Elder abuse is devastating, both for the person who has to suffer it and for the close friends and family members who all too often don’t realize it’s happening until it has gone on for a lengthy period of time. Vulnerable family members can suffer dehumanizing neglect, physical abuse, sexual assault, financial exploitation, and severe emotional damage. The Centers for Disease Control and Prevention call elder abuse a “significant public health problem.” They estimate that over half a million adults are believed to be abused or neglected each year, but caution that the estimate is likely an underestimate due to victims’ inability or unwillingness to report abuse.
While any amount of abuse is horrific, there fortunately are signs that loved ones can look for to detect abuse as early as possible and prevent continued suffering. The Oregon Department of Human Services has created a list of warning signs for various types of abuse. In upcoming posts we will detail the signs of various types of abuse. We start with three particularly tragic types: physical abuse, sexual abuse, and emotional abuse.
Signs of Physical Abuse
- Cuts, lacerations, punctures, wounds.
- Bruises, welts, discolorations, grip marks.
- Any unexplained injury that doesn’t fit with the given explanation of the injury.
- Any injury incompatible with the person’s history of unexplained injuries.
- Any injury which has not been properly cared for (sometimes injuries are hidden on areas of the body normally covered by clothing).
- Poor skin condition or poor skin hygiene.
- Dehydration and/or malnourishment without illness-related cause.
- Unexplained loss of weight.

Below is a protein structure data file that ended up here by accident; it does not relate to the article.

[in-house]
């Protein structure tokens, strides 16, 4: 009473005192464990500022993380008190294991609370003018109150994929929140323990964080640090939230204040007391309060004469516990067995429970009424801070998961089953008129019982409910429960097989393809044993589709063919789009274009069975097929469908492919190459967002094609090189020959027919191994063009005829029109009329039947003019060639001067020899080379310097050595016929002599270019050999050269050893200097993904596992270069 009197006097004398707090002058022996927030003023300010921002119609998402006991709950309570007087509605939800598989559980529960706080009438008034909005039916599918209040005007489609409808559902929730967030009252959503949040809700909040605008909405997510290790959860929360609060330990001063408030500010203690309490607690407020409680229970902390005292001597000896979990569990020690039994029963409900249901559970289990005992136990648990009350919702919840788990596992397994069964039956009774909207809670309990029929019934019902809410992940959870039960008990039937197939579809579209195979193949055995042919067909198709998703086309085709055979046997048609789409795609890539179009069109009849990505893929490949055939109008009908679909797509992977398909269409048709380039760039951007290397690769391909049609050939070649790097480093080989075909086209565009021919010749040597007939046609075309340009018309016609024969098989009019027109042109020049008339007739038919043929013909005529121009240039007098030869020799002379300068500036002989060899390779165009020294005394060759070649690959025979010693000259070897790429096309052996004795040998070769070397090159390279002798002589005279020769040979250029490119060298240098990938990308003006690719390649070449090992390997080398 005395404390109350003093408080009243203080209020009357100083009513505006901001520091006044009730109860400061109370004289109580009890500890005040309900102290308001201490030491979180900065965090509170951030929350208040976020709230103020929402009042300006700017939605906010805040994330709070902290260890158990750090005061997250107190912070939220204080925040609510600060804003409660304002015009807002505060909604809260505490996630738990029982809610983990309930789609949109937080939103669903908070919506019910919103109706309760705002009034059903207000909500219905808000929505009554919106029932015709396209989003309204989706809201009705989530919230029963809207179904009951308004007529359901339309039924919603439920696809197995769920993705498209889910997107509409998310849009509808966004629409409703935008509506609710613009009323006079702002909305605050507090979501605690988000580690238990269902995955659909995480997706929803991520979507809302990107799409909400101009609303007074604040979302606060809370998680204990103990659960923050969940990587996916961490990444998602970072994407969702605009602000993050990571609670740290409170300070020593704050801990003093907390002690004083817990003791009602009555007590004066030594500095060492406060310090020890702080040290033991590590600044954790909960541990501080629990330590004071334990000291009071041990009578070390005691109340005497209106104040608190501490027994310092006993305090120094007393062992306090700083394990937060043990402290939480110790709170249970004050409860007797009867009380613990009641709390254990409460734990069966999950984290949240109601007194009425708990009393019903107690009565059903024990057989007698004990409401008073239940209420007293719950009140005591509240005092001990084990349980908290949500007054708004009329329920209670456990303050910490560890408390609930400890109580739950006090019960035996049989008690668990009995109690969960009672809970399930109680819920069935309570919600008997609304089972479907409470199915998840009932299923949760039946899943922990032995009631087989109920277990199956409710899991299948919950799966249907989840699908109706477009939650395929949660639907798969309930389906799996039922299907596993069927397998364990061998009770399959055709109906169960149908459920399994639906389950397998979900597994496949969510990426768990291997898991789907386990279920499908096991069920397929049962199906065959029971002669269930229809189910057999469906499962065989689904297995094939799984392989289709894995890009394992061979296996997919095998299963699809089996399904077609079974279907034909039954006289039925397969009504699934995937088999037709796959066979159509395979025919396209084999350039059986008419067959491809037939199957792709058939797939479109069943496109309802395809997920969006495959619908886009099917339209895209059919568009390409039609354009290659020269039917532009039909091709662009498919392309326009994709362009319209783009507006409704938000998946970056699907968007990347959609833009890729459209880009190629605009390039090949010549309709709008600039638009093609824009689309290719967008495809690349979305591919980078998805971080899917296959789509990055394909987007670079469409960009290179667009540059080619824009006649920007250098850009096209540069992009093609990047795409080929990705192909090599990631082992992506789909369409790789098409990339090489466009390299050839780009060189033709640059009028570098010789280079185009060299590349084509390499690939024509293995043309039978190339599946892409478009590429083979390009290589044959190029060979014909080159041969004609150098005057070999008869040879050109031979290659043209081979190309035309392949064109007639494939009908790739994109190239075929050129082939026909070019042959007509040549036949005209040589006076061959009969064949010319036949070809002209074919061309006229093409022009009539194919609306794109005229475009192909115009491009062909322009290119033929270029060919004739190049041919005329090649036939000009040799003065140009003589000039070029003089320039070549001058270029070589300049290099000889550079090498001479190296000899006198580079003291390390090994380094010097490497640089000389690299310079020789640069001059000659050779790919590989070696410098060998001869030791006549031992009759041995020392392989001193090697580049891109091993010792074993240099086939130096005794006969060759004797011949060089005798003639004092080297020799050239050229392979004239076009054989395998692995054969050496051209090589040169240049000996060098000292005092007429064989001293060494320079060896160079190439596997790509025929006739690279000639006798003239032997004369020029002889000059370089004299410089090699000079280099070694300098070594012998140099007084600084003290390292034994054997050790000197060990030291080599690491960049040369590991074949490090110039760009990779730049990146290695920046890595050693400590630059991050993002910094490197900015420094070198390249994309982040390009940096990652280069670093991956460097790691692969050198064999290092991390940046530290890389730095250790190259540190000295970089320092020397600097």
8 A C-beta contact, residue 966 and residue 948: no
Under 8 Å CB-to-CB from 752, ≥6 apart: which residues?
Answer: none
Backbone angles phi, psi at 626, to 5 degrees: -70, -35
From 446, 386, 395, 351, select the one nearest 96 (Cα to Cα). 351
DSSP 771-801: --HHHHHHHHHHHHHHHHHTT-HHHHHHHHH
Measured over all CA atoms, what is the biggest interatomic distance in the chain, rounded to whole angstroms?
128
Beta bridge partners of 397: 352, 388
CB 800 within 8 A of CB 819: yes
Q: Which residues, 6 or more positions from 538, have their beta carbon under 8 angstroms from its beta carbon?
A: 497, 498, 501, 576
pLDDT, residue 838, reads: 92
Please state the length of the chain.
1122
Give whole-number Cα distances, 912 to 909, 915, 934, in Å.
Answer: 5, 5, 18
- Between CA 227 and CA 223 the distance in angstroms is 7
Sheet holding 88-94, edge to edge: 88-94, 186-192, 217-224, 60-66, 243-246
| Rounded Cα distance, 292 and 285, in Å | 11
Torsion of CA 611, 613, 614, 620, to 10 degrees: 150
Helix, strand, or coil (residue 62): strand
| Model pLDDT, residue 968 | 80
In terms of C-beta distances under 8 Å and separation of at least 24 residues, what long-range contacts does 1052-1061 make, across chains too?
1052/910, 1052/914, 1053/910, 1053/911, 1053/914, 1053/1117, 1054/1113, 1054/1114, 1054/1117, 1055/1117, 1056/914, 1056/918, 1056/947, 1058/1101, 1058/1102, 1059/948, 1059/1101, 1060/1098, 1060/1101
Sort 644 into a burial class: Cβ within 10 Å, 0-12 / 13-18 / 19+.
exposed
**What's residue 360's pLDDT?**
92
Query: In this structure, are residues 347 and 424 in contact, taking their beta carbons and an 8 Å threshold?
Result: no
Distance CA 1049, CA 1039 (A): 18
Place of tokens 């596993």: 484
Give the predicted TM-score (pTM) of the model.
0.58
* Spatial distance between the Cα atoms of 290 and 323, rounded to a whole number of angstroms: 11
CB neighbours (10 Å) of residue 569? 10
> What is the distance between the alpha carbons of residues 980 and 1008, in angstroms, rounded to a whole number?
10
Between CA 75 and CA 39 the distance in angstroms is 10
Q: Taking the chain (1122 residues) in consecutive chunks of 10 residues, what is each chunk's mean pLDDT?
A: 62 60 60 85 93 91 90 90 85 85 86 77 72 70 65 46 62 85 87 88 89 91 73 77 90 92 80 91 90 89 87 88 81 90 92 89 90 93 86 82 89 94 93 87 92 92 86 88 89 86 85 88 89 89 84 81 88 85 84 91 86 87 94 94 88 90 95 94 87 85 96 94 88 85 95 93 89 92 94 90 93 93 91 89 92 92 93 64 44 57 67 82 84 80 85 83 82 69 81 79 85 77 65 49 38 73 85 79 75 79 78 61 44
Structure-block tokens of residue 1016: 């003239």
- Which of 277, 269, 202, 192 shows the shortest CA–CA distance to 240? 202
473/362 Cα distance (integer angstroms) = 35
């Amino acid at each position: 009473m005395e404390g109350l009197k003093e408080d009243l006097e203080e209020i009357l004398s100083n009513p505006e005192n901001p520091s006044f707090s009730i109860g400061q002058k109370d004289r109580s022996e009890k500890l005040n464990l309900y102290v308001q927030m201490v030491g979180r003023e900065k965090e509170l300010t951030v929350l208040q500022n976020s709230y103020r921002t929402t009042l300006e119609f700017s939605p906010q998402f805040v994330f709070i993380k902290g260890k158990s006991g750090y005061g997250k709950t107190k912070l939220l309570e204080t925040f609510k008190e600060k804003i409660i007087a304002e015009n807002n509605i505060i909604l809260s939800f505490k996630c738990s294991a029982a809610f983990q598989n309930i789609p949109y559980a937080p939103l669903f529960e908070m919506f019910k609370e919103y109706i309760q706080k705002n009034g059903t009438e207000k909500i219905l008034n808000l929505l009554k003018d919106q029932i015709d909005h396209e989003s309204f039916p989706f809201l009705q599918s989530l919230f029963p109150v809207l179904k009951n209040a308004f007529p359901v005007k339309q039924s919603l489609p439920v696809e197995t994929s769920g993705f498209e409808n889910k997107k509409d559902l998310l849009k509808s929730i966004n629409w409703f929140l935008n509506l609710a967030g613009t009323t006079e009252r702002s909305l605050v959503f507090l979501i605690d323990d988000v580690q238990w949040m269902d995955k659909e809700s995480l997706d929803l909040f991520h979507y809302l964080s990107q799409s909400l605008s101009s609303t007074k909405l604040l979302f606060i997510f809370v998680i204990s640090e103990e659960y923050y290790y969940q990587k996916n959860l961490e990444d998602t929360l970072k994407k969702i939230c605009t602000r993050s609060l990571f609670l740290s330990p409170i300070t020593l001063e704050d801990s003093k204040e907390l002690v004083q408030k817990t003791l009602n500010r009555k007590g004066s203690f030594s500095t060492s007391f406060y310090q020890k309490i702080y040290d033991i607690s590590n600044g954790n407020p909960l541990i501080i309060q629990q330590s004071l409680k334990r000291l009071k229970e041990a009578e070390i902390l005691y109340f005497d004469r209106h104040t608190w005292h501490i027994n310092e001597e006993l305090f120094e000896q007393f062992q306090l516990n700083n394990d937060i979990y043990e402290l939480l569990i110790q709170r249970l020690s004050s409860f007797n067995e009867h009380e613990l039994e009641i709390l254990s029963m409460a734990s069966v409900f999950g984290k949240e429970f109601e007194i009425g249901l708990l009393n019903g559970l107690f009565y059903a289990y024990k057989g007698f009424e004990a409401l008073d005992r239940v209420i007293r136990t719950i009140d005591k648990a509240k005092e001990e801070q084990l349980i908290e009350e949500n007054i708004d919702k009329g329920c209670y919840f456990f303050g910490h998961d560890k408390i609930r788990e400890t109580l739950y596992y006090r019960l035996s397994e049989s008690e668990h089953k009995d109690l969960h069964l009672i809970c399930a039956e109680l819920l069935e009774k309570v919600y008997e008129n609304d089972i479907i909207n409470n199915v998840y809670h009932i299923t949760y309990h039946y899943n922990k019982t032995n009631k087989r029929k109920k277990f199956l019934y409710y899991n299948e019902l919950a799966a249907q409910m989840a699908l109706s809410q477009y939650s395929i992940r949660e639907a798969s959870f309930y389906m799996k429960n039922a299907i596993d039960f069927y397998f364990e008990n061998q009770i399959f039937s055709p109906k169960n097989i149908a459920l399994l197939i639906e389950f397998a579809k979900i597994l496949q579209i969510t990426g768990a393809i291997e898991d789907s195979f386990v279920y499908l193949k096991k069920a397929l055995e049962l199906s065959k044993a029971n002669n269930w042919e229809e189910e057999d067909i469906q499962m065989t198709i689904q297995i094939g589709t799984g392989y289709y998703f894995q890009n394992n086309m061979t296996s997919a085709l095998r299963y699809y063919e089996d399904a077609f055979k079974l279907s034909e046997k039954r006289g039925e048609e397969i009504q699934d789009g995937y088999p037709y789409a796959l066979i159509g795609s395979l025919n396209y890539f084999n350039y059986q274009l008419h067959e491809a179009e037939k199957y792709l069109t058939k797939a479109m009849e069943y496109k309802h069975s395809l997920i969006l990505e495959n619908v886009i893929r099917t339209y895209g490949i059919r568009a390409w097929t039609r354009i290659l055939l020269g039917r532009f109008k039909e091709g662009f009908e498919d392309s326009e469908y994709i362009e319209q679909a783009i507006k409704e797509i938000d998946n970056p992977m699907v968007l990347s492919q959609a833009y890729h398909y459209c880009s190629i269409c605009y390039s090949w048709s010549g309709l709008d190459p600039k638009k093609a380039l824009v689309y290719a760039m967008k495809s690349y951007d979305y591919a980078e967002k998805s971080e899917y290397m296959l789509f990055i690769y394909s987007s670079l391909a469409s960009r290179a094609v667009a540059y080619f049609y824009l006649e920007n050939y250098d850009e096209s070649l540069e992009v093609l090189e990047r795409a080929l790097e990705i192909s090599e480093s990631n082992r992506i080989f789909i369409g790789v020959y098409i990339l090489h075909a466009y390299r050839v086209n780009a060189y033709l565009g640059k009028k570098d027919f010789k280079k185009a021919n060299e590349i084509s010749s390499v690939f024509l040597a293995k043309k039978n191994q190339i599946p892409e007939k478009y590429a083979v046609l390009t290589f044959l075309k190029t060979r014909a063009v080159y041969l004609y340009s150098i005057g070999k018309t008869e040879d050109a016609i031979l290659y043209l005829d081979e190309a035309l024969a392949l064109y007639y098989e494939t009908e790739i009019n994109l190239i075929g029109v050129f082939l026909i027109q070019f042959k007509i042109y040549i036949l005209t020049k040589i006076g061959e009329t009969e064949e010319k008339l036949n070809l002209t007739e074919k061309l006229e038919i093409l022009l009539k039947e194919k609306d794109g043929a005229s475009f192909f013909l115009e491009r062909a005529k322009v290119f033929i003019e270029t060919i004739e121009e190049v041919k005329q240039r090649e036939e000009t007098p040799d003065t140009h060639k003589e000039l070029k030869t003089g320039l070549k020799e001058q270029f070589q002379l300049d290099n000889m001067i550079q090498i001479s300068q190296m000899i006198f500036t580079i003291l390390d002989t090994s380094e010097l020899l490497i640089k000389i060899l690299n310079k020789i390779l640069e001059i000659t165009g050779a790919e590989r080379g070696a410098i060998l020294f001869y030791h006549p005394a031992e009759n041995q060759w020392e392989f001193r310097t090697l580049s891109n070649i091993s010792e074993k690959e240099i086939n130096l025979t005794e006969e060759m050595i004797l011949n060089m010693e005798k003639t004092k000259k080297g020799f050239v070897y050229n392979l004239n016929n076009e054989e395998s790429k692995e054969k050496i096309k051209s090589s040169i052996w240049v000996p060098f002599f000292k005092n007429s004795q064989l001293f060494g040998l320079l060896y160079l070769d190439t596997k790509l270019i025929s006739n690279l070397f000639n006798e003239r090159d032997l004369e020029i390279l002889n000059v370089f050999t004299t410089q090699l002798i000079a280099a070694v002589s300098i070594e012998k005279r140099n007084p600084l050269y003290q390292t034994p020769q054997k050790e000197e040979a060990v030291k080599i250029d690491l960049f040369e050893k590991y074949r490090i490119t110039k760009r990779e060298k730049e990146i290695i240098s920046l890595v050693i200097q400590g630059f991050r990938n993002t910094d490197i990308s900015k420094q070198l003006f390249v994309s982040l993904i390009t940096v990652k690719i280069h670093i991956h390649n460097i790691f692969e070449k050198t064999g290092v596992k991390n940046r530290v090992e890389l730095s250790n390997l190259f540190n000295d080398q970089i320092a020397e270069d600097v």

- Burns, possibly caused by cigarettes, caustics, acids or friction from ropes or chains.
- Soiled clothing or bed linens.
Signs of Sexual Abuse
- Unexplained vaginal or anal bleeding.
- Torn or bloody underwear.
- Bruised breasts.
- Venereal diseases or vaginal infections.
- Sudden changes in the emotional or psychological state of the person.
Signs of Verbal or Emotional Abuse
- Being emotionally upset or agitated;
- Being extremely withdrawn and non communicative or non responsive;
- Unusual behavior usually attributed to dementia e.g., sucking, biting, rocking); and
- An elder’s report of being verbally or emotionally mistreated.
Of course, all of these are just signs or indicators. The mere absence of any or all of these signs does not mean that abuse is not occurring. Abuse victims sometimes hide their abuse due to either shame or fear. So do not be afraid to ask questions or investigate if you have a feeling that something is not right. Our elderly loved ones deserve to be treated with dignity and respect no matter what their mental or physical capabilities may be.
If you believe an elderly loved one is suffering or has suffered from any type of abuse, contact an Oregon-licensed elder abuse attorney. If you believe a crime has been committed you should also call the police, and if there is a medical emergency you should dial 9-1-1.
Related Blog Posts: